What is your next project? Tell us a bit about it.
I am at present involved in a voluminous project which I began at least five years ago about different Bengalis from colonial times travelling to Vilayet or England and narrating their experiences in different genres of writing. Though I had to be selective in choosing the travellers over their two-hundred-year time span, sometimes unavailability of the primary texts made things more difficult. I am at present working on approximately forty such travellers, some of whom had written their memoirs in English. For those who wrote in Bengali, I am translating selected portions of their work for the purpose. So it is a quite laborious and time-consuming work but at the same time, very interesting because the multifarious reasons for each person’s travel to the coloniser’s land is mind-boggling. The structure of the book includes a brief bio-note of each traveller along with several sample pages from the actual narrative so that the reader can savour their experiences first-hand. I hope it sees the light of day soon.
(This is an online interview conducted by Mitali Chakravarty)
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Anasuya Bhar explores the history of the National Anthem of India, composed by Tagore in Bengali and translated only by the poet himself and by Aruna Chakravarti. Both the translations are featured here.
The national anthem and the national song of India are both parts of a post-colonial narrative and did not originate prior to the British colonisation of the country, which happened effectively, from the middle of the eighteenth century. India has been broadly classified as a civilisation and a cultural phenomenon, rather than a race or a territorial presence prior to the British colonisation.
India has remained an idea ever since the ancient times, perhaps even prior to the advent of the Classical Graeco-Roman civilisation of the west. The historicisation of India’s past has been a much debatable issue, with European historians representing India from their perspective. Much damage was done, for instance, by James Mill’s The History of British India (1817), which rubbished the country as thoroughly debased and wanting the civilisational touch of the European west. The reality of India, or more correctly Bharat, inhered in the local and regional historical specificities, its literature, culture, myths and legends. The historical perspective of our inhabitants was that of the Puranic history whose chronology, order and narrativity depended on a time scale different from the idea of time in the western rationale for chronology. In other words, the European west’s rationale consequent of the enlightenment, and the enlightened concept of history, was a later addition to the Indian consciousness.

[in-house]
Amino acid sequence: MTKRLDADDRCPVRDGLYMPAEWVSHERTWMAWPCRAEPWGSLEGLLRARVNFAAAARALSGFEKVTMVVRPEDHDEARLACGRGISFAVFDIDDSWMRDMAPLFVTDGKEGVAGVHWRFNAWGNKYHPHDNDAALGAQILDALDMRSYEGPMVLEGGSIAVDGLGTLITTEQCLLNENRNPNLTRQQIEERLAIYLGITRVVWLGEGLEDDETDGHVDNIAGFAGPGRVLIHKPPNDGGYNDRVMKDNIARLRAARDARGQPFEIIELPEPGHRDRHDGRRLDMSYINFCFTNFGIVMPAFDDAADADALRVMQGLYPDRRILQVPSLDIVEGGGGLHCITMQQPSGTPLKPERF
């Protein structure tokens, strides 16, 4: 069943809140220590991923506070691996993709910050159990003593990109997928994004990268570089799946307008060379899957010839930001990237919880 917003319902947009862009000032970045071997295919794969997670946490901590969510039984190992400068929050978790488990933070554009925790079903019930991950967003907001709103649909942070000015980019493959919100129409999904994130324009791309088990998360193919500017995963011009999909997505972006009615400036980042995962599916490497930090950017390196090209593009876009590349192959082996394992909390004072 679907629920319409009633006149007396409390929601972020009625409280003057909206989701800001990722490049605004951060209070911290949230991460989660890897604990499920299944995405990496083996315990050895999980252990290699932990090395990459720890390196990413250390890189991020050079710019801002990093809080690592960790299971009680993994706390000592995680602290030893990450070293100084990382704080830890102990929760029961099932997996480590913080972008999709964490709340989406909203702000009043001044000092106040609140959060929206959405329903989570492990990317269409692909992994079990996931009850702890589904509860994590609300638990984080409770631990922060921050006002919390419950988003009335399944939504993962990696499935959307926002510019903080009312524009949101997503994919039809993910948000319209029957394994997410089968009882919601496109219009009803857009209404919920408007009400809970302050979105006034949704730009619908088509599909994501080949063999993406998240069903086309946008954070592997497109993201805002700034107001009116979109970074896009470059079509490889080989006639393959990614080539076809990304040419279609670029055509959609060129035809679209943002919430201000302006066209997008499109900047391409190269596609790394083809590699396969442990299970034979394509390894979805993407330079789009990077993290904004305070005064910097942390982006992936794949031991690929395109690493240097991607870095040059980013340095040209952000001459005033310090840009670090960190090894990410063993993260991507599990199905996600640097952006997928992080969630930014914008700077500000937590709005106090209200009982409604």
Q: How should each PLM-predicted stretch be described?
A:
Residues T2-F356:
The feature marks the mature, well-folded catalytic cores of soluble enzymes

The concept of a distinct nation, and as an individual entity in the consciousness of a socio-political presence in the history of the world, was also, a comparatively belated concept in our country. In fact, it was not earlier than the Mughals that the country was conceptualised as a unified entity from the North to the South, from the East to the West. The Indian sub-continent is strategically guarded by the geographical presence of the Himalayan range, the Indian ocean, the Bay of Bengal and the Arabian Sea. Hence, the territorial boundaries which become crucial in determining the political borders of the European or the American west are not of much consequence over here. The borders that are present in the former continents are a result of political aggression and imperialism. The borders that ensued in the Indian subcontinent and eventually created Afghanistan, Pakistan, India, Nepal, Burma, Bangladesh and also Sri Lanka, are, however, a result of the European and, particularly, British intervention.